"I saw that Brutus who drove Tarquin forth, Lucretia, Julia, Marcia, and Cornelia, And saw alone, apart, the Saladin"

The rape of Lucretia
Public DomainThe rape of Lucretia - Credit: Tizian

(Canto 4, lines 127-129)

"That Brutus" is Lucius Junius Brutus, nephew of the last Roman king, Tarquinius. The details of his story vary; according to one version, when his friend Collatinus' wife Lucretia was raped by Tarquinius' son Sextus (around 510 BC), she stabbed herself in front of her husband after imploring him to revenge her, which led Brutus and Collatinus to start an uprising among the people of Rome. They succeeded in driving away Tarquinius and abolished the monarchy, instead establishing a republic of patricians. Brutus and Collatinus themselves became two of the first consuls of the new republic. Later, Brutus was forced to sentence two of his own sons to death, after they had been conspiring to restore the monarchy. His death came during a war against Tarquinius' forces: the son of the old king, Aruns and Brutus speared each other to death, maybe in 508 BC.

Julia (83-54 BC) was the daughter of Julius Caesar, famed for her virtue. She was married to Pompey after the breaking-off of a previous engagement.

Marcia was the wife of Roman statesman Cato (95-46 BC). She was divorced by Cato and was instead married to orator and advocate Hortensius, after whose death she returned to Cato. Dante applauded her fidelity and love to her first husband: in the Convivio, he says: "Marcia returned at the beginning of her widowhood to Cato, signifying that the noble soul returns to God at the beginning of senility."

Cornelia declining Ptolemy's crown
Public DomainCornelia declining Ptolemy's crown - Credit: Laurent de la Hyre
Cornelia (c. 190-100 BC) was a classic Roman example of a woman of perfect virtue. She was the daughter of the famous general Scipio Africanus, who defeated Hannibal in the Second Punic War, and wife of the politician Gracchus. She was noted for her modesty, intelligence and devotion to her sons, Tiberius and Gaius. As tribunes of the Republic, both of these sons incurred patrician opposition for proposing popular reforms of agrarian legislation and were murdered when their reforms failed, in 133 and 121 BC respectively. After the death of her sons, Cornelia devoted herself to the study of Greek and Roman literature, and she is believed to have refused a marriage proposal from Egyptian king Ptolemy shortly after her husband's demise. A famous anecdote concerning her tells of a noblewoman showing off her jewels to her; in response, she pointed to her sons and said: "These are my jewels." The Romans greatly revered her virtuous character and erected a statue of her after her death, bearing the inscription "Mother of the Gracchi". Note that a minority of commentators believe this "Cornelia" to refer to Pompey's fifth wife.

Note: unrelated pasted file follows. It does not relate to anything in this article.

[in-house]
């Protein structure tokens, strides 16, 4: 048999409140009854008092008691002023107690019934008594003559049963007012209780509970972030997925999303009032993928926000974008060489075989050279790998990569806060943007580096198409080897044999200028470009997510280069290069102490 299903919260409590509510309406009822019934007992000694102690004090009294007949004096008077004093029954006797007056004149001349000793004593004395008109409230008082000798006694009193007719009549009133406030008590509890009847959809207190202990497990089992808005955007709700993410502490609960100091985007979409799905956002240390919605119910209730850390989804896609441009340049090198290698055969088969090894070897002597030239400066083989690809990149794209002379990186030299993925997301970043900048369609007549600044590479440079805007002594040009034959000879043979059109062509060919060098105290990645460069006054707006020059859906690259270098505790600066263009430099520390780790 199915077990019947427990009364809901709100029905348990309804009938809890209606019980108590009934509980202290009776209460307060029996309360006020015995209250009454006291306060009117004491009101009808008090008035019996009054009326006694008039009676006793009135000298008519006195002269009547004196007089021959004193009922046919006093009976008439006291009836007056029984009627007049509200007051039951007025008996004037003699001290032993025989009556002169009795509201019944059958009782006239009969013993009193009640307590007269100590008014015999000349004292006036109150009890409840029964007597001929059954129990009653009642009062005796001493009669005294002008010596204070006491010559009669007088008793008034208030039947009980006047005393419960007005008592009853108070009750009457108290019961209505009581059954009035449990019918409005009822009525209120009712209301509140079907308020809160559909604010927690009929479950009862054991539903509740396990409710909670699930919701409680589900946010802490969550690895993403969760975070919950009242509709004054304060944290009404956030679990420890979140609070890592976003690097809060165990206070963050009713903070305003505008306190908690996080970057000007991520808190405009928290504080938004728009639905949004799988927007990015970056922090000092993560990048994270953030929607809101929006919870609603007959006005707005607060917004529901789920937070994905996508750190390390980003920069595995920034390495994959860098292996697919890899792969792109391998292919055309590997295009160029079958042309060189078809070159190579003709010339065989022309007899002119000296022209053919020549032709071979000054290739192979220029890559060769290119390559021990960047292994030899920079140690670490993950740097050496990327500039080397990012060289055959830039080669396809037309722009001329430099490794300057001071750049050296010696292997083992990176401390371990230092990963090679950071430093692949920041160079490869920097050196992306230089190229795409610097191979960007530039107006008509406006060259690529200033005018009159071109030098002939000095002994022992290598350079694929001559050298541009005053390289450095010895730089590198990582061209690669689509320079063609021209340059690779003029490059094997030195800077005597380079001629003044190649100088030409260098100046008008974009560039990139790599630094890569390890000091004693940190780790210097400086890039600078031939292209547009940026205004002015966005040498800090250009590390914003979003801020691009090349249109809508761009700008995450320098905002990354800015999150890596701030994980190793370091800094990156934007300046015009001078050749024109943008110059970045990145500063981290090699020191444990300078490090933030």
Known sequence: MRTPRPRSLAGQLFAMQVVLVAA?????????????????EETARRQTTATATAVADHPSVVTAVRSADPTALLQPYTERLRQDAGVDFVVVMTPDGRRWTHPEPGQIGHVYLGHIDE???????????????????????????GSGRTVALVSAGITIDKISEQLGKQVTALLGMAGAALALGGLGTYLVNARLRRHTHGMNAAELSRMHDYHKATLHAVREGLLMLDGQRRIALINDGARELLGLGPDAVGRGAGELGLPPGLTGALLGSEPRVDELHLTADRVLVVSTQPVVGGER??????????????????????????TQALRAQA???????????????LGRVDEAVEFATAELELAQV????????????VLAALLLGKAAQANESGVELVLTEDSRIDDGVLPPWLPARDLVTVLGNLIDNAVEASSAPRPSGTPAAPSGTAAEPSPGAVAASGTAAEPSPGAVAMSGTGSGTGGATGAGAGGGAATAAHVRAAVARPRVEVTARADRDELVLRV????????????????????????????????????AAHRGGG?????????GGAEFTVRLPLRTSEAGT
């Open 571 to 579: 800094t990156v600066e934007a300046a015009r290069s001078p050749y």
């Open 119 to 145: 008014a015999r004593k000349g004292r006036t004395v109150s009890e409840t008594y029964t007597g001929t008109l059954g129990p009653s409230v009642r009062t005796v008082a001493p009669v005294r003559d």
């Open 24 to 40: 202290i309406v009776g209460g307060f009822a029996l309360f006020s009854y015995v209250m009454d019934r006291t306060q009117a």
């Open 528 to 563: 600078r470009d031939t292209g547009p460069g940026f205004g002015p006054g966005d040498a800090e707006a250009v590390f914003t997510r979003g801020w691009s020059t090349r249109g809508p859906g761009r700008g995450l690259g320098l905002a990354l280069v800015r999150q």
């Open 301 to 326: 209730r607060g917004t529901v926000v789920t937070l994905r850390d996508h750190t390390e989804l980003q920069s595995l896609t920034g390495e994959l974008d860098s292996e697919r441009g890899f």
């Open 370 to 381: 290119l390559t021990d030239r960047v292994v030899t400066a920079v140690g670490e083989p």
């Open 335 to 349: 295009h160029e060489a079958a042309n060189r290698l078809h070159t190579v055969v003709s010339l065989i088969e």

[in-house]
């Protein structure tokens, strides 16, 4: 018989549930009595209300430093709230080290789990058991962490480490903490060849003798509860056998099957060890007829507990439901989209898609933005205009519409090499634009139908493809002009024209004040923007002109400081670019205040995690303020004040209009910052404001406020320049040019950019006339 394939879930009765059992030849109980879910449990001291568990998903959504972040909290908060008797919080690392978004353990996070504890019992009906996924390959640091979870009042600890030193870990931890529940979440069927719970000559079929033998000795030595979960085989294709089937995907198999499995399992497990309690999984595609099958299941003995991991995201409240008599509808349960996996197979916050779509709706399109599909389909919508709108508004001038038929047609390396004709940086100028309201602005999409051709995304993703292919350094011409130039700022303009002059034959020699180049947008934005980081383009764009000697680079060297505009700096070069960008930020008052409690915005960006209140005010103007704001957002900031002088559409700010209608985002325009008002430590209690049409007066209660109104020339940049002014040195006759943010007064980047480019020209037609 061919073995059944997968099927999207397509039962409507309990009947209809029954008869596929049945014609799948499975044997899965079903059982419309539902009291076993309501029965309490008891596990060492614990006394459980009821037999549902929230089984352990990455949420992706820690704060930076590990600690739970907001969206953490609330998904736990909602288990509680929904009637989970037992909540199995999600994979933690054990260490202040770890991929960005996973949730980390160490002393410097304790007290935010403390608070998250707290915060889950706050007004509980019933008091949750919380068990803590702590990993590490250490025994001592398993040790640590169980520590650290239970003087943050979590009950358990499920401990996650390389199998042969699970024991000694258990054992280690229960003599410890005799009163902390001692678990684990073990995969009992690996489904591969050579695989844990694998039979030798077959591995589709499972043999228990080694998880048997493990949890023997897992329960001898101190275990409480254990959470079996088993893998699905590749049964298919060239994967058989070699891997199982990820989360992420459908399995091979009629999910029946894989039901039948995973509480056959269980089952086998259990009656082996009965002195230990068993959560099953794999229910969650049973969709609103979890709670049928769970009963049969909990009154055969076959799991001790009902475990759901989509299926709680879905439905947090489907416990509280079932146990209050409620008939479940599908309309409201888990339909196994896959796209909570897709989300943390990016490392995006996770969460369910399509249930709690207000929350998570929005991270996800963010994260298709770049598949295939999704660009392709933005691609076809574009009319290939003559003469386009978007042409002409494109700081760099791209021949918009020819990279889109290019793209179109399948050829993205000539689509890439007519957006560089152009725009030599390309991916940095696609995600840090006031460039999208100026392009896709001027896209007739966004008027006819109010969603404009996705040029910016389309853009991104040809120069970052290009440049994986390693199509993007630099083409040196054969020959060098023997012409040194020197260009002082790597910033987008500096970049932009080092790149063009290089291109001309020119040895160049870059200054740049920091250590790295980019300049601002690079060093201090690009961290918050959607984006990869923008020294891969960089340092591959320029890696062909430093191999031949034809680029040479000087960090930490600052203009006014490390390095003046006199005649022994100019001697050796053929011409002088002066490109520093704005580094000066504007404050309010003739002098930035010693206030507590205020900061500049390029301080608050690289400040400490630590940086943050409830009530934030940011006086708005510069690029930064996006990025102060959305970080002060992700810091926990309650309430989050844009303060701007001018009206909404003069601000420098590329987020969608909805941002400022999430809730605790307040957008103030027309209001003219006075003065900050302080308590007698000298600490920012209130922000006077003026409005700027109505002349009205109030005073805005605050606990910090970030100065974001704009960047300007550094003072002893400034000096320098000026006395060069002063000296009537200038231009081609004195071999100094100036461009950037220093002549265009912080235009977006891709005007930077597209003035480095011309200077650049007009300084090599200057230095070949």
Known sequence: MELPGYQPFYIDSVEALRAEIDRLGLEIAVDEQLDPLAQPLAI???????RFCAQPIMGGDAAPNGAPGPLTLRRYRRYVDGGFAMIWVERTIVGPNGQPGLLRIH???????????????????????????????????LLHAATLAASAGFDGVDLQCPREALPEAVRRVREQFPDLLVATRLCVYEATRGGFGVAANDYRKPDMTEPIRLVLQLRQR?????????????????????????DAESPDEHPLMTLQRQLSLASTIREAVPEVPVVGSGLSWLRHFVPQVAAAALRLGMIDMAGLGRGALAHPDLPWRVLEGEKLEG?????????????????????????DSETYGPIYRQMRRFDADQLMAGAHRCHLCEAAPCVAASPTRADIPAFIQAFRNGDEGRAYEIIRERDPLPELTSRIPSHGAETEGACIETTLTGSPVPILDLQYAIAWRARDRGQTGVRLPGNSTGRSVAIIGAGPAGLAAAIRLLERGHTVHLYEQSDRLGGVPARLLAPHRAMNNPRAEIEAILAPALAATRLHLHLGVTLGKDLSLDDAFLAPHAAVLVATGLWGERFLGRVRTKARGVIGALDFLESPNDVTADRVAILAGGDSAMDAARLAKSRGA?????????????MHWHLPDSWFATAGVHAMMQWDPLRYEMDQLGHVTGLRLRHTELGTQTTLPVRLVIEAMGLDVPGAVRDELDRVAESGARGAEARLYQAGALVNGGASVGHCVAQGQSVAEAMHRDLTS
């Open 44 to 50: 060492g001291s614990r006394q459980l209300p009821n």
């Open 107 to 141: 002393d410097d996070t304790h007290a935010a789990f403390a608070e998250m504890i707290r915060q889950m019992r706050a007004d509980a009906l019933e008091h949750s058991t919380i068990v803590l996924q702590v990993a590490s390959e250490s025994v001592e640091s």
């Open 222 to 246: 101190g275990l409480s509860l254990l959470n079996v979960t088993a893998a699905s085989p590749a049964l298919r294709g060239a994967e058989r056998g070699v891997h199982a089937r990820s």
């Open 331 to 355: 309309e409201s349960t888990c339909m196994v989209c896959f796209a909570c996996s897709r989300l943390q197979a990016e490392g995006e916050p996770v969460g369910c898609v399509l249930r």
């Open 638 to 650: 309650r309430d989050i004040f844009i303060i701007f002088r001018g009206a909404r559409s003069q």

Saladin victorious
Public DomainSaladin victorious - Credit: Gustave Doré
Saladin (1137-1193) was a famous Muslim lord. He became the Sultan of Egypt in 1174, whereafter he conquered Syria, Mesopotamia and Palestine. In 1187 he occupied Jerusalem; during the Third Crusade, he fought against Holy Roman Emperor Frederick I, Richard the Lionheart of England and Philip II of France. He was recognized as a man of many accomplishments, military and civil, winning much respect even in Western countries. Boccaccio speaks well of him in his "Decameron", and Dante, in the Convivio, numbers him among other generous, liberal lords. Probably because of his Muslim faith, Dante describes him as "alone, apart".